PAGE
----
Like watching HGTV’s “House Hunters”? Fine. Just don’t emulate its method of house-shopping next time you’re in the market.
My girlfriend and I have watched a lot of “House Hunters,” and especially the overseas version, “House Hunters International.” In case you haven’t seen it, here’s the skinny: Presumably real homebuyers and a presumably genuine real estate agent walk through three houses. Then the buyers choose one. As the program ends, they fast-forward a few months to see what the happy homeowners have done with the place.
As entertainment, this half-hour show is fine. As a tutorial for buying an actual house, however, it’s misleading to the point of being dangerous.
What’s good about ‘House Hunters’
Whether it’s “Property Virgins” (first-time buyers), regular “House Hunters” or “House Hunters International,” in nearly every show, homebuyers confront a very real-world problem: being forced to balance needs and wants. For example, buyers have to choose between location and space, or price and features. The lesson? Unless your budget is unlimited, get ready to decide what’s really important, because you’re going to be compromising.
What’s bad about ‘House Hunters’
While “House Hunters” is fun to watch, there are reasons not to view it as instructional. First and foremost, the show may be entirely faked. From an article called The Truth About ‘House Hunters’ on HGTV.
For quicker turn-around, producers sometimes choose buyers who are already in escrow with one of the three locations shown. The other two choices that are filmed are only shown to allow viewers the option of making the choice themselves.
Did you catch that? The house hunters aren’t actually house hunting in some of the episodes because they already bought one. The producers show them two other houses, and they pretend to consider them. Then they pretend to deliberate, and pretend to choose the house that they already chose from the beginning.
I don’t know whether this claim is true, but it certainly wouldn’t surprise me. After all, the word “reality” as used in “reality TV” refers only to a production style. The vast majority of “reality” shows I’ve watched seem to bear no resemblance to anything real.
When you fake building custom choppers or maybe live at the Jersey Shore, who cares? But if wide-eyed first-time homebuyers follow the prescription offered on HGTV’s “House Hunters,” they’ll be sorry.
How is the show misleading? Let’s count the ways…
- Three houses? Give me a break: For most people, a house is the largest purchase they’ll ever make. If you look at only three before making a decision, you’re a nitwit.
- Buying too quickly: In many cases – especially on “House Hunters International” – the buyers are moving to a new country sight unseen and buying a house within a very narrow time frame, sometimes mere days. Moving to another state — much less another country — then buying a house immediately is crazy. If you don’t have time to get the lay of the land, rent until you do.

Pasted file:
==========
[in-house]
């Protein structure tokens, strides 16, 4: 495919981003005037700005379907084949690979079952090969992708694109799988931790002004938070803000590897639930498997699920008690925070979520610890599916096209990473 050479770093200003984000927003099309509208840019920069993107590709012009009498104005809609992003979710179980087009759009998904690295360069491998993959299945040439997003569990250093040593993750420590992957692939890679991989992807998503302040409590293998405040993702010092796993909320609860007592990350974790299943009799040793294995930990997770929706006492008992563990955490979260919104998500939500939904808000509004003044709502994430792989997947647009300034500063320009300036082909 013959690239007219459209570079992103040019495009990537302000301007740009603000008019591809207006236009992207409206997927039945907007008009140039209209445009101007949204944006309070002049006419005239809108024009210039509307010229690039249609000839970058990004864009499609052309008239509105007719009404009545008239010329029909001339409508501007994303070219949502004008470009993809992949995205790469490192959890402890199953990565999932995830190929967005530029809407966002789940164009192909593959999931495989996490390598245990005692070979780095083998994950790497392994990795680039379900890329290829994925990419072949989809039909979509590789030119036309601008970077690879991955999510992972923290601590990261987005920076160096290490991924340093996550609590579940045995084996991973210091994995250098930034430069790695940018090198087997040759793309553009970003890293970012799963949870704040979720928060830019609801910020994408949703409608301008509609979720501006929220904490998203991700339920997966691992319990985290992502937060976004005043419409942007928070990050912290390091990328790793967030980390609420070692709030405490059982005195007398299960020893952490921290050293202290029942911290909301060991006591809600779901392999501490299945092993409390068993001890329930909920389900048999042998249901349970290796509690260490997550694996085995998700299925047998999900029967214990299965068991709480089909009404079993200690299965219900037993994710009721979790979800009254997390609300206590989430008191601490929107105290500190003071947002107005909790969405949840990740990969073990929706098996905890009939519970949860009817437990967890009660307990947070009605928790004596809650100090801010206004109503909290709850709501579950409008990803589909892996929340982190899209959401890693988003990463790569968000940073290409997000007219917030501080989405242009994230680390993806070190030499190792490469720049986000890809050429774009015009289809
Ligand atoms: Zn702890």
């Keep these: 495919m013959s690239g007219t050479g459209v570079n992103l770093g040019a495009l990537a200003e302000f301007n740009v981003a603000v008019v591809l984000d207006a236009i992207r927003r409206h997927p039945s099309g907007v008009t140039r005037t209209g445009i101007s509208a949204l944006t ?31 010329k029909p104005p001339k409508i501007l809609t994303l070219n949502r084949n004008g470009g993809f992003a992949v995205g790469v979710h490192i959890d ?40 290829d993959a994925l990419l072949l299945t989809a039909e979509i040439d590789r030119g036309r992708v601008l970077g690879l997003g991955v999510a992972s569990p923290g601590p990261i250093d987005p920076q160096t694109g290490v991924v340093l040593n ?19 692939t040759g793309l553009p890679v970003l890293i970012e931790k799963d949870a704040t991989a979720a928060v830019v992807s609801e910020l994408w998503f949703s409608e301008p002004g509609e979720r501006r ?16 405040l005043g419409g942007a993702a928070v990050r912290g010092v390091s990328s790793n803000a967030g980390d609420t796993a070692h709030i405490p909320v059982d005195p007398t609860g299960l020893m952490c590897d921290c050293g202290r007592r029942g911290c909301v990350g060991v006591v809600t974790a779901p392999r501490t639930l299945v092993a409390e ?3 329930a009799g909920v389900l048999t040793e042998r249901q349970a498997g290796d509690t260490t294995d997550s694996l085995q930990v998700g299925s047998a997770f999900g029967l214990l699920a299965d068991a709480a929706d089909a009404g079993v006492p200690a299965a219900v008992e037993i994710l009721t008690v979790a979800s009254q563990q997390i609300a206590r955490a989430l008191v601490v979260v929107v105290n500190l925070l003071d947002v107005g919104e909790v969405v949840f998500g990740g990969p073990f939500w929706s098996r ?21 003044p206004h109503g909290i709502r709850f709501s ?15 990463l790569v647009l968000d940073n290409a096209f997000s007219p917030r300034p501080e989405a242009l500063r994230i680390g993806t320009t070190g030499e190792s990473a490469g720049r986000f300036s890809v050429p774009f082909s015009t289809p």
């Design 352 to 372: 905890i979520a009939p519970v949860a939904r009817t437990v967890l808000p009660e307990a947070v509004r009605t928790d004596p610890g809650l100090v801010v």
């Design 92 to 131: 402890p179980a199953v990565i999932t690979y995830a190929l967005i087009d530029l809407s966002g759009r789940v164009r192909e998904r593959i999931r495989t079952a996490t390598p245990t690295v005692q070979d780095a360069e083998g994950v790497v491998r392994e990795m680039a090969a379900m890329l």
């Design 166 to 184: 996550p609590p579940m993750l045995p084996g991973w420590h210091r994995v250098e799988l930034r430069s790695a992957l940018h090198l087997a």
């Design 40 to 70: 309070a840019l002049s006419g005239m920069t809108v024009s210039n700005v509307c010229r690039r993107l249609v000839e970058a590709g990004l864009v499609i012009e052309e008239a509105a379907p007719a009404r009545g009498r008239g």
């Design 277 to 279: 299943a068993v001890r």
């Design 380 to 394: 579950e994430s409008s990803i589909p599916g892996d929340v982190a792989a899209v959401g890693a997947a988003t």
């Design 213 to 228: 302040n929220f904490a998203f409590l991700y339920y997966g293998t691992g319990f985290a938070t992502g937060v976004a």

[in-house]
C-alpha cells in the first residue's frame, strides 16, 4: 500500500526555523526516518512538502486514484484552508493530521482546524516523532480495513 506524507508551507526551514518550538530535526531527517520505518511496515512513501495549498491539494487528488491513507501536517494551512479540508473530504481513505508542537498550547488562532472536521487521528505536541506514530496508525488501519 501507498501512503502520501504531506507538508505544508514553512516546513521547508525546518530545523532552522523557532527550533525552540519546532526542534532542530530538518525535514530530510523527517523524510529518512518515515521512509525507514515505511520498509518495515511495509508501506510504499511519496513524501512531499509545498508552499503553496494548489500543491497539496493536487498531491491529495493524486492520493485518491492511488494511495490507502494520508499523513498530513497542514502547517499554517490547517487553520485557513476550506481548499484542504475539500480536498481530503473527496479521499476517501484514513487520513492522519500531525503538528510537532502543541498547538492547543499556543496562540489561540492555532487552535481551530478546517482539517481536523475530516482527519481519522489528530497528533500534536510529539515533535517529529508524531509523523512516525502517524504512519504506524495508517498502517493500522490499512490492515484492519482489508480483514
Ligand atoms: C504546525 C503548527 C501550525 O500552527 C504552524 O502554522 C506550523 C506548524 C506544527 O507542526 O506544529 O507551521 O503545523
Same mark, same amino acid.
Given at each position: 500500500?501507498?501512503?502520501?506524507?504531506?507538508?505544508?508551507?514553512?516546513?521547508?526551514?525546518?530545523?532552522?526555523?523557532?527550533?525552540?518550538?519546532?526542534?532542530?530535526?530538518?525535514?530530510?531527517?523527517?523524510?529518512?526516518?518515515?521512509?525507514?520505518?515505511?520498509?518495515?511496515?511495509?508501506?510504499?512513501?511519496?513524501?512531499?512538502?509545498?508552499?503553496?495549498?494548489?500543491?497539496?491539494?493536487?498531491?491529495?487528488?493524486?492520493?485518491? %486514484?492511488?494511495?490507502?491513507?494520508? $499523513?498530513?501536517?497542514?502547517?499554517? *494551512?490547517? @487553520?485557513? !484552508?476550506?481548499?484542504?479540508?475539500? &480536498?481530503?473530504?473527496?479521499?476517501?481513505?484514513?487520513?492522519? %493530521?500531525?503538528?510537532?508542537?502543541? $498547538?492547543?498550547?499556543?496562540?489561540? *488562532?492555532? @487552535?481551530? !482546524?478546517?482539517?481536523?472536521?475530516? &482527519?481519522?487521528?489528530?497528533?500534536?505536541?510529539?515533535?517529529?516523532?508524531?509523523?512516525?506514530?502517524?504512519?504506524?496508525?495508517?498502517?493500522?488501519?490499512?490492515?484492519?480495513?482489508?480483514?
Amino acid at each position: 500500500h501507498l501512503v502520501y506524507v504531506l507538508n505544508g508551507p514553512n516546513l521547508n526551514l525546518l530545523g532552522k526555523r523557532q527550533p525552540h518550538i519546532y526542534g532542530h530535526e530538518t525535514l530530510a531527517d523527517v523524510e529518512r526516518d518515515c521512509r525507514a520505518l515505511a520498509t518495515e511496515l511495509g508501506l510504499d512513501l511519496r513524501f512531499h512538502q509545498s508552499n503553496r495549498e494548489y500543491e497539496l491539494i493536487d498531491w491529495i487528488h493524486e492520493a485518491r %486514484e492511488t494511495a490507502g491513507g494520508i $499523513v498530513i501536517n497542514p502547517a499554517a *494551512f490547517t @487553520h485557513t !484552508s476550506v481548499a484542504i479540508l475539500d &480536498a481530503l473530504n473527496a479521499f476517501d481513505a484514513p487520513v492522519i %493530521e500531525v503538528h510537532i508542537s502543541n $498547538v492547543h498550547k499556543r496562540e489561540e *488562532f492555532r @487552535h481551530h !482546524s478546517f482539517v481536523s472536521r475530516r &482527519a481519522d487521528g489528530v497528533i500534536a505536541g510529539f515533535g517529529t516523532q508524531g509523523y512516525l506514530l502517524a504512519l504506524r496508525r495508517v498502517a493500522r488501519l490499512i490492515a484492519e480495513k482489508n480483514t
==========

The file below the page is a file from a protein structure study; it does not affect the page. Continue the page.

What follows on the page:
- Financing is half the battle: While financing a house isn’t nearly as camera-friendly or fun as looking at them, it’s nearly as important, but it’s rarely mentioned in “House Hunters.” Price is important, but so are terms. (See Are These Buyers Trying to Rip Me Off?)
- The devil is in the details: How does this house compare in price to others in the neighborhood? Is the area employment base and population growing or shrinking? How are the schools? What does the inspection report reveal? There are many things that factor into the price of a home, and they’re rarely mentioned in these shows.
- Where’s the negotiation? Also critical in homebuying is negotiation, and not much of that goes on in “House Hunters.” It’s frustrating to watch the would-be buyers lament that their favorite house “ticks all the boxes,” but is $15,000 over budget. Result? They don’t consider it. Don’t they know that the listing price is the asking price, not the final price? Why isn’t the agent telling them?
- Was this show written by real estate agents? Watch “House Hunters,” and you normally see knowledgeable agents and completely ignorant buyers following them like sheep. As with other types of salespeople, agents are motivated by transactions — the sooner they make one happen, the sooner they get paid. That’s why buyers should use agents for information only. If house hunters aren’t knowledgeable enough to make their own decisions, they shouldn’t be house hunting.
Bottom line? It’s fun to look at houses on TV and it’s interesting to compare prices in various places around the country and the world. But while buying a house isn’t rocket science, it’s not a game show either — especially a fake one.
Maybe HGTV should have a warning label like so many products do these days. Maybe something like, “Warning – this show is complete b.s. Buying a house properly takes longer than 30 minutes.”
Looking for some house-hunting advice that’s really real?
- Stop and Think: How Much House Can You Really Afford?
- Land a Mortgage Like a Pro: Three Easy Steps
- 20 Clues You’re Buying a Home in the Right Neighborhood
Are you a “House Hunters” fan? How does the show compare with your experiences with real estate? Share with us in comments below or on our Facebook page.